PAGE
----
This summer's drought has killed a lot of Christmas tree seedlings, but growers say they will have plenty of mature trees for families to haul home for the holidays.
LINCOLN, Neb. (AP) - Even though the summer's drought killed many Christmas tree seedlings, growers say they will have plenty of mature trees for people to haul home for the holidays.
Growers are reporting losses of younger trees, including those that were routinely watered, according to a report in the Lincoln Journal Star (http://bit.ly/Ydjf9Z ). Many growers say their prices will be the same as last year, or maybe a little higher- $5 to $8 per foot.
Marvin Kohout, the owner of Kohout's Christmas Trees near Dorchester, says he had 1,500 trees in containers this year and only about 50 survived the extreme conditions.
Kohout said he heard of one grower who poured about 250,000 gallons of water on his trees to try to save them from the heat and wind.
"It's kind of discouraging," said Kohout, who has been in the Christmas tree business since 1984.
University of Nebraska-Lincoln climatologist Ken Dewey said that as of Oct. 31, the state was experiencing its driest and second-warmest year on record. So far this year, Lincoln's precipitation total is nearly 10 inches below normal.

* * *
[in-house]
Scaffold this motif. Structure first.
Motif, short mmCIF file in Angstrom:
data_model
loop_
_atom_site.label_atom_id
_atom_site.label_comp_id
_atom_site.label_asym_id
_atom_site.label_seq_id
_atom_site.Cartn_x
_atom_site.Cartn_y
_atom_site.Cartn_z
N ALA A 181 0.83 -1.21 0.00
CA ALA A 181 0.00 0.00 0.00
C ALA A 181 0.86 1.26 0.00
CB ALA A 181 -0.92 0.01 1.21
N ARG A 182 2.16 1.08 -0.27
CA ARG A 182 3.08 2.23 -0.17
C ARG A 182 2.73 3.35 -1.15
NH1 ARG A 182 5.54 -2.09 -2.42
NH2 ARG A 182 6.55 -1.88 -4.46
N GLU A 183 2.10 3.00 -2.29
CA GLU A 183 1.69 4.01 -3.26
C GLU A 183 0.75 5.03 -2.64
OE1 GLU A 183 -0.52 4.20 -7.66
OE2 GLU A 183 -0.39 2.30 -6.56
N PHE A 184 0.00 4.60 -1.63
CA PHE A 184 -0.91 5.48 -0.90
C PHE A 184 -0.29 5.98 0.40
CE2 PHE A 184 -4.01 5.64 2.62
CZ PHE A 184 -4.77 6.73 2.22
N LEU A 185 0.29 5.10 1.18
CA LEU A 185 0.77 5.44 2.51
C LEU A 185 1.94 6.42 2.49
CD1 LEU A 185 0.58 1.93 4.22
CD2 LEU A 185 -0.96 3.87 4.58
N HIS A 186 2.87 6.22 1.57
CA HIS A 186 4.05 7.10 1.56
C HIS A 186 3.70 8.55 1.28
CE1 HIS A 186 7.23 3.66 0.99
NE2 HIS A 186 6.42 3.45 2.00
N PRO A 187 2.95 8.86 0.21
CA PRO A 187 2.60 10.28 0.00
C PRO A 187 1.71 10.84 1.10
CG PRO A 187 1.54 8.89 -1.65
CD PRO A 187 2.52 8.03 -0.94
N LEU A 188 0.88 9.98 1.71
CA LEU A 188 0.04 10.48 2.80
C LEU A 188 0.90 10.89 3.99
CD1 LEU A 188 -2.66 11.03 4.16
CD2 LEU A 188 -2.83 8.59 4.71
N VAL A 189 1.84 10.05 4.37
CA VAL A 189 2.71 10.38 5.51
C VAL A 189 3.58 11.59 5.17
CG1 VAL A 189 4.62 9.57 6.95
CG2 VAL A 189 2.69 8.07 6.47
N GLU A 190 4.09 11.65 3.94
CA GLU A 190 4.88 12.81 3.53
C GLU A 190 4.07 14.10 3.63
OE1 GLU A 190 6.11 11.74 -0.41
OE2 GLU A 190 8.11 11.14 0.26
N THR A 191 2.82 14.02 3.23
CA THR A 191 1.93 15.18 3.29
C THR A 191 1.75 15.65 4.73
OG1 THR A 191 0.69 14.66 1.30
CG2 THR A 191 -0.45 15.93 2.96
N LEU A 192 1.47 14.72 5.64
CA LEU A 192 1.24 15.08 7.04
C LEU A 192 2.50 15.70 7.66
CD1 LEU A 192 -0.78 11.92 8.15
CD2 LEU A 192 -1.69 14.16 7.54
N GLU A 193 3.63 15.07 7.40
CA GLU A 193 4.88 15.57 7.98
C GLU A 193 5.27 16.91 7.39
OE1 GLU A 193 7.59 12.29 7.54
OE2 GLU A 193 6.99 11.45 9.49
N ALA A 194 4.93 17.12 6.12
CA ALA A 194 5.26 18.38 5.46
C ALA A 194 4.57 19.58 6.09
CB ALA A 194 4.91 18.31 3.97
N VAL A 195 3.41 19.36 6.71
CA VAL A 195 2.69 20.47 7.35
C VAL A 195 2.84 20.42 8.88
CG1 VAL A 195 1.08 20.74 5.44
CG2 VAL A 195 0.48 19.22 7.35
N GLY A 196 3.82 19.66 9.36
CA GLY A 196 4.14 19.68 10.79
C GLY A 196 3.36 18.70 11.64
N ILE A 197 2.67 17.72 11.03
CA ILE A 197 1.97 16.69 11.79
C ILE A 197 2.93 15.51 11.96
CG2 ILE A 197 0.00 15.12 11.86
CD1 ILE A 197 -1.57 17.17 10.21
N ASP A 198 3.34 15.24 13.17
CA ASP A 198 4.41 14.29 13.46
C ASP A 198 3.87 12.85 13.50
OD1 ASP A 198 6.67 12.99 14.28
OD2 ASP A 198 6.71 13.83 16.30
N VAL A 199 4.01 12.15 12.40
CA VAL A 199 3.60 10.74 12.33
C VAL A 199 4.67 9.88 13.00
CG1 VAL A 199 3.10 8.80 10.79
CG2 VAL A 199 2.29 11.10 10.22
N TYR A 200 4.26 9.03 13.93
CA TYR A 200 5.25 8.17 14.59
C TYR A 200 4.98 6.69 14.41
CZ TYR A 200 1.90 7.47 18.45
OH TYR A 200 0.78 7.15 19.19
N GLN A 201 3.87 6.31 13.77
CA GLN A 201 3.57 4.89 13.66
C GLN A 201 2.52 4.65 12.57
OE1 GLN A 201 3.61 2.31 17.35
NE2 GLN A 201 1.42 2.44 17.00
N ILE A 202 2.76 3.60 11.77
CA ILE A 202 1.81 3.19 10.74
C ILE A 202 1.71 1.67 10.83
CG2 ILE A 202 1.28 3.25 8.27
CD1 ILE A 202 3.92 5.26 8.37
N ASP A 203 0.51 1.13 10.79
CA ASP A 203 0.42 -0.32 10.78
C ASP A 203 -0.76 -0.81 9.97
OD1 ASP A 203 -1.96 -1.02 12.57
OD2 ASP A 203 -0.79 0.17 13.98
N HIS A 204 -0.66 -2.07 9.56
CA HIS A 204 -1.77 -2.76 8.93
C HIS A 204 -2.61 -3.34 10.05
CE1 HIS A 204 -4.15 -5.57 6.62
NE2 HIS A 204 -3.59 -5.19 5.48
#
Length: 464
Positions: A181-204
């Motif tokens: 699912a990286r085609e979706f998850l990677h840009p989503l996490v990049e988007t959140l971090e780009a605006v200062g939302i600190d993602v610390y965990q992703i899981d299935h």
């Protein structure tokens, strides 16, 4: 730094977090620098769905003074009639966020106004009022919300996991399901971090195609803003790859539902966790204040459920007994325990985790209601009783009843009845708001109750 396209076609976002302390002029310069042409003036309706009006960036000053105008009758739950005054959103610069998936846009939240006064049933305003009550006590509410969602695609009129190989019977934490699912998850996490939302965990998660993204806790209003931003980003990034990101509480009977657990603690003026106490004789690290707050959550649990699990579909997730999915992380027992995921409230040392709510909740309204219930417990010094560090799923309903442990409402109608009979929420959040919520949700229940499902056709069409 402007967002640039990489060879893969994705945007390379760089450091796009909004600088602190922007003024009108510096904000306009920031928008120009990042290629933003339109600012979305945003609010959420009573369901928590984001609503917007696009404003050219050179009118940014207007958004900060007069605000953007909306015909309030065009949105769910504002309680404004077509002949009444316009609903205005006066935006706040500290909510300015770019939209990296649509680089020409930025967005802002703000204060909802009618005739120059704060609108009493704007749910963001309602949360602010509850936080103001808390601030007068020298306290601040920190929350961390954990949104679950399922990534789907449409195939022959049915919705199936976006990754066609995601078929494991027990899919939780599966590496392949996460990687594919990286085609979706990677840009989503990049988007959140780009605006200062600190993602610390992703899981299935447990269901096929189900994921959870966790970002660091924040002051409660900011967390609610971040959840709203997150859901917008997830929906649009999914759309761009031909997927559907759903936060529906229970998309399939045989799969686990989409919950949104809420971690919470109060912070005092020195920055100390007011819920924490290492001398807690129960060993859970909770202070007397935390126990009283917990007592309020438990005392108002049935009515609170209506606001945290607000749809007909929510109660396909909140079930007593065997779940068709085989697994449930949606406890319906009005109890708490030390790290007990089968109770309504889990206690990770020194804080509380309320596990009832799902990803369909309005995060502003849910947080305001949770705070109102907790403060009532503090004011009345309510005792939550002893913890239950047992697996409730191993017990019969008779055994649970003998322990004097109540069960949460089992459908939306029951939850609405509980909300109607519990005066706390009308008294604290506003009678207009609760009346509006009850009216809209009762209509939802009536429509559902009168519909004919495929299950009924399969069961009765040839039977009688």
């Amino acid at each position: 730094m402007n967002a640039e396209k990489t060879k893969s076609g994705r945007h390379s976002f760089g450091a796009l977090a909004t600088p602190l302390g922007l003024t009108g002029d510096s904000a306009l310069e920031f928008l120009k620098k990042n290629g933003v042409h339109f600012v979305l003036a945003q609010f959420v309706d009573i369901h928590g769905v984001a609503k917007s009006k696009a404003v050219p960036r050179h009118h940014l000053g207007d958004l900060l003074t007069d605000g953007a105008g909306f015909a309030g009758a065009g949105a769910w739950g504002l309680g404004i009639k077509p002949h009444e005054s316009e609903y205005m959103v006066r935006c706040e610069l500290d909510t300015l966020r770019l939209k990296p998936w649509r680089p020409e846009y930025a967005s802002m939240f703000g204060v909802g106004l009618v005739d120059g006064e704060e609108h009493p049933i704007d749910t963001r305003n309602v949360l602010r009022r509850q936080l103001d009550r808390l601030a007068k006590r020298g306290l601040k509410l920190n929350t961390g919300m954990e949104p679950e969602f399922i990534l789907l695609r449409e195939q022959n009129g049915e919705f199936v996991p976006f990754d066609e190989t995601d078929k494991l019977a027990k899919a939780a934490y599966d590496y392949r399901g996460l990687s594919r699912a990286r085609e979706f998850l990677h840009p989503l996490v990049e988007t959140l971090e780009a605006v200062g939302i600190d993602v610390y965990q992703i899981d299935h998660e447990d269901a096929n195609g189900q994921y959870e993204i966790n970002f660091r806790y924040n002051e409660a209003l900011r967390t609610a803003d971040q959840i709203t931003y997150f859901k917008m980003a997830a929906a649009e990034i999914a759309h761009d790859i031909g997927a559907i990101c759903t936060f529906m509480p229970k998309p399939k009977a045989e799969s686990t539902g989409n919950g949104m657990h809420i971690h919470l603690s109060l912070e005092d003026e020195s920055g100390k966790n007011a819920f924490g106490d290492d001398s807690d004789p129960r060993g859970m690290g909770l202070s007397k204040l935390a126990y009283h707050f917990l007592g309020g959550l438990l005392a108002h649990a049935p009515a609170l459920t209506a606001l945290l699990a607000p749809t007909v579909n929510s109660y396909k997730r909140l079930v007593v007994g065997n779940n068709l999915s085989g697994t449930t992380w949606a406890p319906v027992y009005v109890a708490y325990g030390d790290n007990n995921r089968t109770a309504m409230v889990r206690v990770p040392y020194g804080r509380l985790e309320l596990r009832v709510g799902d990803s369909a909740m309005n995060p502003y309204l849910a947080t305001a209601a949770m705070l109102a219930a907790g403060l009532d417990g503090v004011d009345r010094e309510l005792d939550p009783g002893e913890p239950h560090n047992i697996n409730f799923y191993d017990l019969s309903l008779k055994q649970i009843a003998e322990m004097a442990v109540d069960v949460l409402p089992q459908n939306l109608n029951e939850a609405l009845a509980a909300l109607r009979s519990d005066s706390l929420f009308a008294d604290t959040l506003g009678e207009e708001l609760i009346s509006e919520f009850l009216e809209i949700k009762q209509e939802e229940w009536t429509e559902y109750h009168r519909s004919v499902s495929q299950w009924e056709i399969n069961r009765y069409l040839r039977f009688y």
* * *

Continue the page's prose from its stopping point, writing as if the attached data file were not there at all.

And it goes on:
Kohout has about 300 field trees of all shapes and sizes. He said might try to raise some more trees in containers next year, but this could be his last year in the family business that he has scaled down over the last decade.
Judi and Les Korte, owners of Prairie Woods, west of Sprague, hauled water from two wells around the clock to water their trees.
"We didn't really have rain out here at all in July and August," Judi Korte said. "The older, established trees did pretty good with that (irrigation). The new trees we planted this year, I think all of them died."
The Kortes, who began selling Christmas trees for the first time last year, lost about 50 seedlings and 10 older trees.
Pinecrest Tree Farm in Blue Springs, owned by Gary and Cherri Trump, got a jump-start on holiday sales. They let customers come in mid-September to tag their tree, and will cut it down later.
"We lost about 80 percent of our seedlings," Cherri Trump said of their 60-acre farm. It takes six years to grow a Christmas tree before it's ready to be sold, and the seedlings were about a foot tall, she said.
Information from: Lincoln Journal Star, http://www.journalstar.com